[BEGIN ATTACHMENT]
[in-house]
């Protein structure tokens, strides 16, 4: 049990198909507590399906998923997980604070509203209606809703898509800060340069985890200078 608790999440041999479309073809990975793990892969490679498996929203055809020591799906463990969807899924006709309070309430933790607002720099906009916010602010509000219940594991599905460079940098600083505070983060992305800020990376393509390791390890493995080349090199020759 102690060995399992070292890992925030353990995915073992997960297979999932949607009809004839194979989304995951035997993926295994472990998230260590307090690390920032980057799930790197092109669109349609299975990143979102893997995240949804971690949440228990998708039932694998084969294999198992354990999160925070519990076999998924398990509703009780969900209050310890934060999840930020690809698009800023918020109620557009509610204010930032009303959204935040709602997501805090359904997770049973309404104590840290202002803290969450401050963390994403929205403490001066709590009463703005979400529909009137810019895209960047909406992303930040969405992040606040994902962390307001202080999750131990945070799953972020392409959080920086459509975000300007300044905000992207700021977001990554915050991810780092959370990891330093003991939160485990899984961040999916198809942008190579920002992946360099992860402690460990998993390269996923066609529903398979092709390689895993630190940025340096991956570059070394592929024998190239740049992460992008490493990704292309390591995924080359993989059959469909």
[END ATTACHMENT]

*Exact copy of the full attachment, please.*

[in-house]
């Protein structure tokens, strides 16, 4: 049990198909507590399906998923997980604070509203209606809703898509800060340069985890200078 608790999440041999479309073809990975793990892969490679498996929203055809020591799906463990969807899924006709309070309430933790607002720099906009916010602010509000219940594991599905460079940098600083505070983060992305800020990376393509390791390890493995080349090199020759 102690060995399992070292890992925030353990995915073992997960297979999932949607009809004839194979989304995951035997993926295994472990998230260590307090690390920032980057799930790197092109669109349609299975990143979102893997995240949804971690949440228990998708039932694998084969294999198992354990999160925070519990076999998924398990509703009780969900209050310890934060999840930020690809698009800023918020109620557009509610204010930032009303959204935040709602997501805090359904997770049973309404104590840290202002803290969450401050963390994403929205403490001066709590009463703005979400529909009137810019895209960047909406992303930040969405992040606040994902962390307001202080999750131990945070799953972020392409959080920086459509975000300007300044905000992207700021977001990554915050991810780092959370990891330093003991939160485990899984961040999916198809942008190579920002992946360099992860402690460990998993390269996923066609529903398979092709390689895993630190940025340096991956570059070394592929024998190239740049992460992008490493990704292309390591995924080359993989059959469909």